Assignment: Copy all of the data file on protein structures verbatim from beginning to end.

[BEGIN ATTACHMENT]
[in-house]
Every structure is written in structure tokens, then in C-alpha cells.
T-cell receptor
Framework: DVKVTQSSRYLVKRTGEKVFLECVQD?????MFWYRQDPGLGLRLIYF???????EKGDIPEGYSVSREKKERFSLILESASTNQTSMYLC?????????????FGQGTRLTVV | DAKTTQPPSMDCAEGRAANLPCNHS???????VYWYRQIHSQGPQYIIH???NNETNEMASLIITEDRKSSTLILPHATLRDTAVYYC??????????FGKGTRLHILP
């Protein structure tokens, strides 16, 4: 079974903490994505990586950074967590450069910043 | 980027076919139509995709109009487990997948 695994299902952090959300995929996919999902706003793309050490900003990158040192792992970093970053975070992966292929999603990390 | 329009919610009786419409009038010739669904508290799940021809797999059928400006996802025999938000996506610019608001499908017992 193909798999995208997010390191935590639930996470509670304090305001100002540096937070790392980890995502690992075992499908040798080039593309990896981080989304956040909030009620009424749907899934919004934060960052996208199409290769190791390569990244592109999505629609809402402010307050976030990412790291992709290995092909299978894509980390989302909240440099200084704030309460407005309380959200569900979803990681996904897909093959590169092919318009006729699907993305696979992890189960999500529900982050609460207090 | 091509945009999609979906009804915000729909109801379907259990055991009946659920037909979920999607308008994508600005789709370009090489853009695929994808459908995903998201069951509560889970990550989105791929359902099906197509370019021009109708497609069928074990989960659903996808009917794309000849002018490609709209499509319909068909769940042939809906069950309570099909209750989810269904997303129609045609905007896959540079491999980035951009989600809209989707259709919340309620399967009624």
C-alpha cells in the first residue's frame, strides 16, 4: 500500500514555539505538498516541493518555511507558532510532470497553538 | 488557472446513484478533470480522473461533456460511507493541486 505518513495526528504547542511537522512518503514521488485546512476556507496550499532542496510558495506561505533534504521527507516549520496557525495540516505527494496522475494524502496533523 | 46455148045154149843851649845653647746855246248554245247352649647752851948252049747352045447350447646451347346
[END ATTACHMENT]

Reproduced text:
[in-house]
Every structure is written in structure tokens, then in C-alpha cells.
T-cell receptor
Framework: DVKVTQSSRYLVKRTGEKVFLECVQD?????MFWYRQDPGLGLRLIYF???????EKGDIPEGYSVSREKKERFSLILESASTNQTSMYLC?????????????FGQGTRLTVV | DAKTTQPPSMDCAEGRAANLPCNHS???????VYWYRQIHSQGPQYIIH???NNETNEMASLIITEDRKSSTLILPHATLRDTAVYYC??????????FGKGTRLHILP
């Protein structure tokens, strides 16, 4: 079974903490994505990586950074967590450069910043 | 980027076919139509995709109009487990997948 695994299902952090959300995929996919999902706003793309050490900003990158040192792992970093970053975070992966292929999603990390 | 329009919610009786419409009038010739669904508290799940021809797999059928400006996802025999938000996506610019608001499908017992 193909798999995208997010390191935590639930996470509670304090305001100002540096937070790392980890995502690992075992499908040798080039593309990896981080989304956040909030009620009424749907899934919004934060960052996208199409290769190791390569990244592109999505629609809402402010307050976030990412790291992709290995092909299978894509980390989302909240440099200084704030309460407005309380959200569900979803990681996904897909093959590169092919318009006729699907993305696979992890189960999500529900982050609460207090 | 091509945009999609979906009804915000729909109801379907259990055991009946659920037909979920999607308008994508600005789709370009090489853009695929994808459908995903998201069951509560889970990550989105791929359902099906197509370019021009109708497609069928074990989960659903996808009917794309000849002018490609709209499509319909068909769940042939809906069950309570099909209750989810269904997303129609045609905007896959540079491999980035951009989600809209989707259709919340309620399967009624």
C-alpha cells in the first residue's frame, strides 16, 4: 500500500514555539505538498516541493518555511507558532510532470497553538 | 488557472446513484478533470480522473461533456460511507493541486 505518513495526528504547542511537522512518503514521488485546512476556507496550499532542496510558495506561505533534504521527507516549520496557525495540516505527494496522475494524502496533523 | 46455148045154149843851649845653647746855246248554245247352649647752851948252049747352045447350447646451347346